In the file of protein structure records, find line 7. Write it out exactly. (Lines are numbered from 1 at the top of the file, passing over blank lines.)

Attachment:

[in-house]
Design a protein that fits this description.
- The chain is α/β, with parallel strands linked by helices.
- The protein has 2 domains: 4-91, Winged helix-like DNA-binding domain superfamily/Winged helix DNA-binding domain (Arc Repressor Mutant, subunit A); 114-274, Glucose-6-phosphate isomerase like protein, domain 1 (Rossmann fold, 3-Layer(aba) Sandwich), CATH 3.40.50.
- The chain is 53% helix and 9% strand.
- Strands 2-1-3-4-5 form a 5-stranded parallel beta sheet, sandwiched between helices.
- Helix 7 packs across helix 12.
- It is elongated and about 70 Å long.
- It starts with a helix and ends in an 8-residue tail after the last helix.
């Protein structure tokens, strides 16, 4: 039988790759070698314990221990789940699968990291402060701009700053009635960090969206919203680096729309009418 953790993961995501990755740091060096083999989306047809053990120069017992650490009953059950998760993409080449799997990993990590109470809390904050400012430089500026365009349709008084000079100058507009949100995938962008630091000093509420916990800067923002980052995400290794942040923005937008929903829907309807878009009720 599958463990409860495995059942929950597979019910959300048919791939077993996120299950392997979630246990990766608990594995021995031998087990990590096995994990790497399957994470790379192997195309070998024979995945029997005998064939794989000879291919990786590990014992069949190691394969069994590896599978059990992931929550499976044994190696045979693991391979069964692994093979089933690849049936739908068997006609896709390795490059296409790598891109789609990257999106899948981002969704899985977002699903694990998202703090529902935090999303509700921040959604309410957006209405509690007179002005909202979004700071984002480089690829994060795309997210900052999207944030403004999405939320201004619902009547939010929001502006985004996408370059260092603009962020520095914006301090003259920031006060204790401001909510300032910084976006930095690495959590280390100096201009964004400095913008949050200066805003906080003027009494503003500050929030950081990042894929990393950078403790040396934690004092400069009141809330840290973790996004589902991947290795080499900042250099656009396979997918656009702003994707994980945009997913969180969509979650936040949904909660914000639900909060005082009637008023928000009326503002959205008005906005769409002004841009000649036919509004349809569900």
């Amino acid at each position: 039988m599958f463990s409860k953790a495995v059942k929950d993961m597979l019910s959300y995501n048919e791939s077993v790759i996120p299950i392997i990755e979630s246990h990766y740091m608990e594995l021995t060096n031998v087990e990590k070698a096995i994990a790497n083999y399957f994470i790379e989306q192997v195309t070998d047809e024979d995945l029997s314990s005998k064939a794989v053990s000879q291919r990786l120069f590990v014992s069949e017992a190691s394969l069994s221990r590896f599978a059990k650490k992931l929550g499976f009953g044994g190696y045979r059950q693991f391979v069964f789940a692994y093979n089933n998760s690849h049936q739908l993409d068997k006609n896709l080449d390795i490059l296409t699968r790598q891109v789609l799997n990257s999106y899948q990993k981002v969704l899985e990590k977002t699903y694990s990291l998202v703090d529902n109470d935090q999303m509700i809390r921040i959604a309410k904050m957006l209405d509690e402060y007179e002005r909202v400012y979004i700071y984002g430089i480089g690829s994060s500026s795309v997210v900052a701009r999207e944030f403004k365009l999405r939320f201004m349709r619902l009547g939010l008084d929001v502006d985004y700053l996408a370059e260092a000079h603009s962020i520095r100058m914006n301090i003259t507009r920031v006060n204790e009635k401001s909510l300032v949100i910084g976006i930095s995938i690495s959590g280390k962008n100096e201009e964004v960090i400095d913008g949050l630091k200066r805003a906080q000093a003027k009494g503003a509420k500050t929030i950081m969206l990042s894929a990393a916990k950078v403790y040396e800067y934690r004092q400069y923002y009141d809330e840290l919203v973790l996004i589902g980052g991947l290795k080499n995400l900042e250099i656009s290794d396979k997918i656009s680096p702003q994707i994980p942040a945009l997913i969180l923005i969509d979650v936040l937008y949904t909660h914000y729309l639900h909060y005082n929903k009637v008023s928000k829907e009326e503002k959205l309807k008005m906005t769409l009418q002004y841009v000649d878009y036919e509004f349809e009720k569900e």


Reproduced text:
- Helix 7 packs across helix 12.